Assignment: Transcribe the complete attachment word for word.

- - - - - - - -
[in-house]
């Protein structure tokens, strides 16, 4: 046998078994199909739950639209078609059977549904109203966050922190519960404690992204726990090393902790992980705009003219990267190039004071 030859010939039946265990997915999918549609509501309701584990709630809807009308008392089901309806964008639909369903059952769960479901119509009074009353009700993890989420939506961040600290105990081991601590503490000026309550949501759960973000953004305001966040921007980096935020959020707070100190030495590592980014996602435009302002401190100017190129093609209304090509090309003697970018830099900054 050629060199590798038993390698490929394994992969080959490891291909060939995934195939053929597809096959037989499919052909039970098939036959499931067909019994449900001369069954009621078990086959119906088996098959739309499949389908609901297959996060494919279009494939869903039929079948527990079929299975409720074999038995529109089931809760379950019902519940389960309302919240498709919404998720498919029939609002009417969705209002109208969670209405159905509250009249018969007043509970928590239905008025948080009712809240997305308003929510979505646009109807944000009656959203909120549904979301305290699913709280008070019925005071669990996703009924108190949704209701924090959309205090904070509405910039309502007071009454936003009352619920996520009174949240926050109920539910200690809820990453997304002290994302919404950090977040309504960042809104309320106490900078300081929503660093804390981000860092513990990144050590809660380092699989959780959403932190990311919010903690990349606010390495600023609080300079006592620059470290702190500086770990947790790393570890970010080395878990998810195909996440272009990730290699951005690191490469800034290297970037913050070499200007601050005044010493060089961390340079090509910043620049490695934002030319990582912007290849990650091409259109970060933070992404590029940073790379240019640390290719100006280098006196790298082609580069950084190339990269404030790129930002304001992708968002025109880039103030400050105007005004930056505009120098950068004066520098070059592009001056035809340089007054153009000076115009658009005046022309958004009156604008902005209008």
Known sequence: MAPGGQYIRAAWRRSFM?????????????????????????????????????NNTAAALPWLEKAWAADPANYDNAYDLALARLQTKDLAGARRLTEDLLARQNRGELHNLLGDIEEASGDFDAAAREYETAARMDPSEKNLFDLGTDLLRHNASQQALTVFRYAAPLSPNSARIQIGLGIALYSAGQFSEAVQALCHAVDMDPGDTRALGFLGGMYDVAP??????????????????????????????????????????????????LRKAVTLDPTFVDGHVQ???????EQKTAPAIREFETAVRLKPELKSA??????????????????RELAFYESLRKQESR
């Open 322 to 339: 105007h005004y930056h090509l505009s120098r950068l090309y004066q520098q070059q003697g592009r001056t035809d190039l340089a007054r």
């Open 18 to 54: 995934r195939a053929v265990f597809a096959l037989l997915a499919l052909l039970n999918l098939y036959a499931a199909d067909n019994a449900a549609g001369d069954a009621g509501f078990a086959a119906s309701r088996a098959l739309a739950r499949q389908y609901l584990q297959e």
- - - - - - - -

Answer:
[in-house]
């Protein structure tokens, strides 16, 4: 046998078994199909739950639209078609059977549904109203966050922190519960404690992204726990090393902790992980705009003219990267190039004071 030859010939039946265990997915999918549609509501309701584990709630809807009308008392089901309806964008639909369903059952769960479901119509009074009353009700993890989420939506961040600290105990081991601590503490000026309550949501759960973000953004305001966040921007980096935020959020707070100190030495590592980014996602435009302002401190100017190129093609209304090509090309003697970018830099900054 050629060199590798038993390698490929394994992969080959490891291909060939995934195939053929597809096959037989499919052909039970098939036959499931067909019994449900001369069954009621078990086959119906088996098959739309499949389908609901297959996060494919279009494939869903039929079948527990079929299975409720074999038995529109089931809760379950019902519940389960309302919240498709919404998720498919029939609002009417969705209002109208969670209405159905509250009249018969007043509970928590239905008025948080009712809240997305308003929510979505646009109807944000009656959203909120549904979301305290699913709280008070019925005071669990996703009924108190949704209701924090959309205090904070509405910039309502007071009454936003009352619920996520009174949240926050109920539910200690809820990453997304002290994302919404950090977040309504960042809104309320106490900078300081929503660093804390981000860092513990990144050590809660380092699989959780959403932190990311919010903690990349606010390495600023609080300079006592620059470290702190500086770990947790790393570890970010080395878990998810195909996440272009990730290699951005690191490469800034290297970037913050070499200007601050005044010493060089961390340079090509910043620049490695934002030319990582912007290849990650091409259109970060933070992404590029940073790379240019640390290719100006280098006196790298082609580069950084190339990269404030790129930002304001992708968002025109880039103030400050105007005004930056505009120098950068004066520098070059592009001056035809340089007054153009000076115009658009005046022309958004009156604008902005209008």
Known sequence: MAPGGQYIRAAWRRSFM?????????????????????????????????????NNTAAALPWLEKAWAADPANYDNAYDLALARLQTKDLAGARRLTEDLLARQNRGELHNLLGDIEEASGDFDAAAREYETAARMDPSEKNLFDLGTDLLRHNASQQALTVFRYAAPLSPNSARIQIGLGIALYSAGQFSEAVQALCHAVDMDPGDTRALGFLGGMYDVAP??????????????????????????????????????????????????LRKAVTLDPTFVDGHVQ???????EQKTAPAIREFETAVRLKPELKSA??????????????????RELAFYESLRKQESR
């Open 322 to 339: 105007h005004y930056h090509l505009s120098r950068l090309y004066q520098q070059q003697g592009r001056t035809d190039l340089a007054r």
């Open 18 to 54: 995934r195939a053929v265990f597809a096959l037989l997915a499919l052909l039970n999918l098939y036959a499931a199909d067909n019994a449900a549609g001369d069954a009621g509501f078990a086959a119906s309701r088996a098959l739309a739950r499949q389908y609901l584990q297959e």